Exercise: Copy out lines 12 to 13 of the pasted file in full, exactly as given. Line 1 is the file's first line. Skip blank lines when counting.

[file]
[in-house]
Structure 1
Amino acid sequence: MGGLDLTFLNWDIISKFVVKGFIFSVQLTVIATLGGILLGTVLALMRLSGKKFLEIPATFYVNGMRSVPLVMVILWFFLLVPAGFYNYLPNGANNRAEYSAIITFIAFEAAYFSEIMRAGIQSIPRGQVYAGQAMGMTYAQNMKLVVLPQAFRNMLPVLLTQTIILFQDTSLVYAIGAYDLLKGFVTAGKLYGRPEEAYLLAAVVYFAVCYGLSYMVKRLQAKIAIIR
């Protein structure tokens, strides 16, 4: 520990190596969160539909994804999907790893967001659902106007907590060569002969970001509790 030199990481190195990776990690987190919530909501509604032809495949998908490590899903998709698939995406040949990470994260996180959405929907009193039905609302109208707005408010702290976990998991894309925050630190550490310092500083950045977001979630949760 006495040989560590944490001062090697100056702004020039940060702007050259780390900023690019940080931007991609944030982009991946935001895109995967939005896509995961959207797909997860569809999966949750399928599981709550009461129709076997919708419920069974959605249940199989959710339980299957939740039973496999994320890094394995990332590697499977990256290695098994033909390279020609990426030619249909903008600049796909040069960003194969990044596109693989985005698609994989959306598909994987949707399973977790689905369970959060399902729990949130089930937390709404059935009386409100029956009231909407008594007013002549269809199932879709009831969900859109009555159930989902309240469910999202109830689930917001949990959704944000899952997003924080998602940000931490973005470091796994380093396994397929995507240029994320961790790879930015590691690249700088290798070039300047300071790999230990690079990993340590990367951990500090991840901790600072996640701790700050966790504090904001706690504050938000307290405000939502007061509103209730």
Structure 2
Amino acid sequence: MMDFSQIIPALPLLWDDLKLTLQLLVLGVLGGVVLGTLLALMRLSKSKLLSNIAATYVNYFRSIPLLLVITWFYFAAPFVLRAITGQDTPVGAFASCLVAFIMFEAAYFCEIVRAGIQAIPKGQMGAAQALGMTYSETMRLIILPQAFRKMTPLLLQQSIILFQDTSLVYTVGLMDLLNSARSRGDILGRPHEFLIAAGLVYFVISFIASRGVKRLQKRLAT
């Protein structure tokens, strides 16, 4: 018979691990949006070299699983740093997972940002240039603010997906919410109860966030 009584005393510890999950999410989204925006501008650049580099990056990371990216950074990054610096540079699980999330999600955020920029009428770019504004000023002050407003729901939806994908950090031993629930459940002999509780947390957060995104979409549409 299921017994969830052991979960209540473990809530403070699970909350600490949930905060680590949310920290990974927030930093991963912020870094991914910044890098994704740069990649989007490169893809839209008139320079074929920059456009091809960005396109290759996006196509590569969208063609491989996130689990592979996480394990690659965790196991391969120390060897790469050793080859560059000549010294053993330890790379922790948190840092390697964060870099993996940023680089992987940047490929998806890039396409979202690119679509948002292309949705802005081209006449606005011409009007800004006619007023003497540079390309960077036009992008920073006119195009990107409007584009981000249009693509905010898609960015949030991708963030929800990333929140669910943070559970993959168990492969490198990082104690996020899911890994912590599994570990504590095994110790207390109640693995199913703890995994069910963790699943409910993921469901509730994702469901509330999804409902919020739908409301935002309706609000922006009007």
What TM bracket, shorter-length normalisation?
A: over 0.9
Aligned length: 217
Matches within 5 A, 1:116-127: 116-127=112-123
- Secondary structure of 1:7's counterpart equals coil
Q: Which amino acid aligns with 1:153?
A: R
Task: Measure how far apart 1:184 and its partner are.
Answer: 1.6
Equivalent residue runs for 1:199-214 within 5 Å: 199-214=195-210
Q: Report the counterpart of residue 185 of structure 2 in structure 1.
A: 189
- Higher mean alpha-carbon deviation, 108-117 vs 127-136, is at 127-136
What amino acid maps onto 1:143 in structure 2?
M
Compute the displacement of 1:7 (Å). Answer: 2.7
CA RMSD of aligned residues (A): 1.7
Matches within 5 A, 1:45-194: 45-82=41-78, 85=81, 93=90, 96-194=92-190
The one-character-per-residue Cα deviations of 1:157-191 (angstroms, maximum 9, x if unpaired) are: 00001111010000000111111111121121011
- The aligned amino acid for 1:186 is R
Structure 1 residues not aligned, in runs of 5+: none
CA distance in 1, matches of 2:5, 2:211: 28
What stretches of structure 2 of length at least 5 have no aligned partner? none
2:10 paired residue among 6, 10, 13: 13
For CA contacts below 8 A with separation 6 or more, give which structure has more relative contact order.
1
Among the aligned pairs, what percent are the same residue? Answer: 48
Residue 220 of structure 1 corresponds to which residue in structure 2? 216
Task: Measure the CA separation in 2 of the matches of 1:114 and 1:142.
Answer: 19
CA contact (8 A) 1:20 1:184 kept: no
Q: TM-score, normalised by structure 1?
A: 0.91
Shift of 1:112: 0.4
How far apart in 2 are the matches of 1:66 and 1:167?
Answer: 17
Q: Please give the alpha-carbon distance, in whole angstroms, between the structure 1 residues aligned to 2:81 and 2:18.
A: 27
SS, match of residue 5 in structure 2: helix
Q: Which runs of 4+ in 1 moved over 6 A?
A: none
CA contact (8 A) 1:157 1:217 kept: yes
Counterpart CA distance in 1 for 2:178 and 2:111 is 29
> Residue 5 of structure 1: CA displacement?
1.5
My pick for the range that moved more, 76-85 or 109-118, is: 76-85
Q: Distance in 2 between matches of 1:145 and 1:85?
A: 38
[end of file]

- Secondary structure of 1:7's counterpart equals coil
Q: Which amino acid aligns with 1:153?